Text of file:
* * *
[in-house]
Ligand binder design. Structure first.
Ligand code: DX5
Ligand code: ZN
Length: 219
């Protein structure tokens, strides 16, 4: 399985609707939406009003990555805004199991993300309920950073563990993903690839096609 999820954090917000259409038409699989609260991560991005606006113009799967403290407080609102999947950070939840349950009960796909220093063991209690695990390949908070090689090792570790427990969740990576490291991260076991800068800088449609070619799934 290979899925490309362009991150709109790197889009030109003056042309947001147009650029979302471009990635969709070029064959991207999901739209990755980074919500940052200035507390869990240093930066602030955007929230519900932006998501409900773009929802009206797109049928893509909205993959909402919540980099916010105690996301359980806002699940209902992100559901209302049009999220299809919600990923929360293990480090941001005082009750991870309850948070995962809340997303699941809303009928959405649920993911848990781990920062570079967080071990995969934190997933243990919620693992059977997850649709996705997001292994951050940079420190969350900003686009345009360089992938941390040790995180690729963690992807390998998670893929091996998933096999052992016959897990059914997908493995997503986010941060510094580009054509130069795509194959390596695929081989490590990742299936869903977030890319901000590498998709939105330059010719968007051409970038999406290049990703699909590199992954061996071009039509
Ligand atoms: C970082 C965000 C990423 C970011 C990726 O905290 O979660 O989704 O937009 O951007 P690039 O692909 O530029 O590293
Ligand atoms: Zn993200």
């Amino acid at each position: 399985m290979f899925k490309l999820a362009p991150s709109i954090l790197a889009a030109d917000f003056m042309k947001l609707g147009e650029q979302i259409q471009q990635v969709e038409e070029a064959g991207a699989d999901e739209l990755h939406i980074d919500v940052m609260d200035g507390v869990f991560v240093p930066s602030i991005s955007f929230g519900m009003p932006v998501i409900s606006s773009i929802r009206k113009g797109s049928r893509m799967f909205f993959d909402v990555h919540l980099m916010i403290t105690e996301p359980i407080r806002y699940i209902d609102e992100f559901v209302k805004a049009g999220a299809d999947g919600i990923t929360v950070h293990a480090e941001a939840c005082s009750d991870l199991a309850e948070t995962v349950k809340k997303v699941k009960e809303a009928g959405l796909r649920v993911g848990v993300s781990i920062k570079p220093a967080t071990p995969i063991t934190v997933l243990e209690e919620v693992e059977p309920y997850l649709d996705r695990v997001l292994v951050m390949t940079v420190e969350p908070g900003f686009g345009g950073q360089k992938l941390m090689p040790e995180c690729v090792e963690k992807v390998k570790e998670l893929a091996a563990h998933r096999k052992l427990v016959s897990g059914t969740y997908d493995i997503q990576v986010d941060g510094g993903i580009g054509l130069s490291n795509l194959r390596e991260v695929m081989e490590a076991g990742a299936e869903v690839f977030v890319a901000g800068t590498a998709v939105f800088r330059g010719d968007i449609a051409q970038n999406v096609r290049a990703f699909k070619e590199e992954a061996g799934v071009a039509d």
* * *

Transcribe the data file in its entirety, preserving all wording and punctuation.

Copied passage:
[in-house]
Ligand binder design. Structure first.
Ligand code: DX5
Ligand code: ZN
Length: 219
């Protein structure tokens, strides 16, 4: 399985609707939406009003990555805004199991993300309920950073563990993903690839096609 999820954090917000259409038409699989609260991560991005606006113009799967403290407080609102999947950070939840349950009960796909220093063991209690695990390949908070090689090792570790427990969740990576490291991260076991800068800088449609070619799934 290979899925490309362009991150709109790197889009030109003056042309947001147009650029979302471009990635969709070029064959991207999901739209990755980074919500940052200035507390869990240093930066602030955007929230519900932006998501409900773009929802009206797109049928893509909205993959909402919540980099916010105690996301359980806002699940209902992100559901209302049009999220299809919600990923929360293990480090941001005082009750991870309850948070995962809340997303699941809303009928959405649920993911848990781990920062570079967080071990995969934190997933243990919620693992059977997850649709996705997001292994951050940079420190969350900003686009345009360089992938941390040790995180690729963690992807390998998670893929091996998933096999052992016959897990059914997908493995997503986010941060510094580009054509130069795509194959390596695929081989490590990742299936869903977030890319901000590498998709939105330059010719968007051409970038999406290049990703699909590199992954061996071009039509
Ligand atoms: C970082 C965000 C990423 C970011 C990726 O905290 O979660 O989704 O937009 O951007 P690039 O692909 O530029 O590293
Ligand atoms: Zn993200």
């Amino acid at each position: 399985m290979f899925k490309l999820a362009p991150s709109i954090l790197a889009a030109d917000f003056m042309k947001l609707g147009e650029q979302i259409q471009q990635v969709e038409e070029a064959g991207a699989d999901e739209l990755h939406i980074d919500v940052m609260d200035g507390v869990f991560v240093p930066s602030i991005s955007f929230g519900m009003p932006v998501i409900s606006s773009i929802r009206k113009g797109s049928r893509m799967f909205f993959d909402v990555h919540l980099m916010i403290t105690e996301p359980i407080r806002y699940i209902d609102e992100f559901v209302k805004a049009g999220a299809d999947g919600i990923t929360v950070h293990a480090e941001a939840c005082s009750d991870l199991a309850e948070t995962v349950k809340k997303v699941k009960e809303a009928g959405l796909r649920v993911g848990v993300s781990i920062k570079p220093a967080t071990p995969i063991t934190v997933l243990e209690e919620v693992e059977p309920y997850l649709d996705r695990v997001l292994v951050m390949t940079v420190e969350p908070g900003f686009g345009g950073q360089k992938l941390m090689p040790e995180c690729v090792e963690k992807v390998k570790e998670l893929a091996a563990h998933r096999k052992l427990v016959s897990g059914t969740y997908d493995i997503q990576v986010d941060g510094g993903i580009g054509l130069s490291n795509l194959r390596e991260v695929m081989e490590a076991g990742a299936e869903v690839f977030v890319a901000g800068t590498a998709v939105f800088r330059g010719d968007i449609a051409q970038n999406v096609r290049a990703f699909k070619e590199e992954a061996g799934v071009a039509d």